TribBlog: Texas Could Lose Out After Census Deadline
Texas could lose out in Washington, D.C. if its current response rate to this year's census holds steady.
When the U.S. Census Bureau began a campaign to increase participation in this year’s decennial headcount, hopes were high the statewide response would translate into four additional congressional seats for Texas.
Now it looks like skeptics who remembered Texas’ lackluster effort in decades past might have been right. On Wednesday the bureau released its mail-in participation rates for the country, with Texas’ effort coming in at 69 percent. That falls below the national average of 72 percent, which the Associated Press reports could mean Texas gains less than it anticipated.
According to the report: “Of the five states on the cusp, the biggest potential losers are California and New York, which could have a net loss of one and two House seats, respectively. Texas may end up gaining just three House seats instead of four.”
The original four-seat prediction could still emerge correct, however. Census workers will now go knocking on doors, asking residents who didn’t participate the same basic information requested from the 10-question mail form.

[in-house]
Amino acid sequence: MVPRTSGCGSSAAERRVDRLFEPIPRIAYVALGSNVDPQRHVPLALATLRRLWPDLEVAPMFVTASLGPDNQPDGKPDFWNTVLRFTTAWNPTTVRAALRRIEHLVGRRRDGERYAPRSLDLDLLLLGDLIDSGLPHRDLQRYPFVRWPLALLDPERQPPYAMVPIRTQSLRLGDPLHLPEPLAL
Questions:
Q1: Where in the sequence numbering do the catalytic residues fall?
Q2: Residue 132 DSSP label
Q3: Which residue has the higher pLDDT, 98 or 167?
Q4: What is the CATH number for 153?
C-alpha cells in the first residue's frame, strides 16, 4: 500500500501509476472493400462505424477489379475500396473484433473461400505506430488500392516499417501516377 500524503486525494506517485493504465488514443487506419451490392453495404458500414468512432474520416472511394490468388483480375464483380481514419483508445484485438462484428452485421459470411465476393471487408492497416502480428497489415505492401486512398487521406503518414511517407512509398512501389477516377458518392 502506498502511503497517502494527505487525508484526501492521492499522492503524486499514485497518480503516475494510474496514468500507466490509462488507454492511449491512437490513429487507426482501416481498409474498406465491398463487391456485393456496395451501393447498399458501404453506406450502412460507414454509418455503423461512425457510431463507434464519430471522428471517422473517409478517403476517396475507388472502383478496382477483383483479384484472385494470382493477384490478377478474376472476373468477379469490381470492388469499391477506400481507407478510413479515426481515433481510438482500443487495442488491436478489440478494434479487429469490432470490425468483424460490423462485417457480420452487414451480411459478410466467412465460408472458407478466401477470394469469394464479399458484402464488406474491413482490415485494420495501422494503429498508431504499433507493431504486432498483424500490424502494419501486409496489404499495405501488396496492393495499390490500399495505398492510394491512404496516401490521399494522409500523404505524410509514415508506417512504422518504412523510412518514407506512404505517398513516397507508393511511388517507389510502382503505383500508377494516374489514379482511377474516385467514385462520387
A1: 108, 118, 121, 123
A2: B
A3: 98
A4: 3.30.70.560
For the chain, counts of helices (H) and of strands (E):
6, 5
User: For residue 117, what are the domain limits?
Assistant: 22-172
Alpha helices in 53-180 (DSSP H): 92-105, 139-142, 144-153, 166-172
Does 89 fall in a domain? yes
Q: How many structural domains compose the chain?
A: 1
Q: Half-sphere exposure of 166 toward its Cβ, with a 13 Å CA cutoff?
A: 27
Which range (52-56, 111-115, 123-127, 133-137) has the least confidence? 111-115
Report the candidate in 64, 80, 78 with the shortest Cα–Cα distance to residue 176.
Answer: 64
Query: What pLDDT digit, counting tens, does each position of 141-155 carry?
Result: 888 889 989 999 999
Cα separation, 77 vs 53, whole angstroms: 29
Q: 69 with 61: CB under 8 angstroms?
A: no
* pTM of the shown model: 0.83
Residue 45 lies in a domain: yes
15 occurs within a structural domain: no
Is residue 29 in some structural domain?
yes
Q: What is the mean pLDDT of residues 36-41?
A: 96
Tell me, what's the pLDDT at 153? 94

A major concern for state officials has been the response rate along the border, specifically in the low-income and hard-to-count areas known as “colonias.” Residents in those areas, they fear, could have concerns about their residency status and what the repercussions of filling out the forms could be. Time will tell what actually knocking on their doors next month will bring.
And if you're curious how each of Texas' 254 counties participated, we've updated our county-by-county participation map.
Texas Tribune donors or members may be quoted or mentioned in our stories, or may be the subject of them. For a complete list of contributors, click here.
Information about the authors
Quality journalism doesn't come free
Perhaps it goes without saying — but producing quality journalism isn't cheap. At a time when newsroom resources and revenue across the country are declining, The Texas Tribune remains committed to sustaining our mission: creating a more engaged and informed Texas with every story we cover, every event we convene and every newsletter we send. As a nonprofit newsroom, we rely on members to help keep our stories free and our events open to the public. Do you value our journalism? Show us with your support.Yes, I'll donate today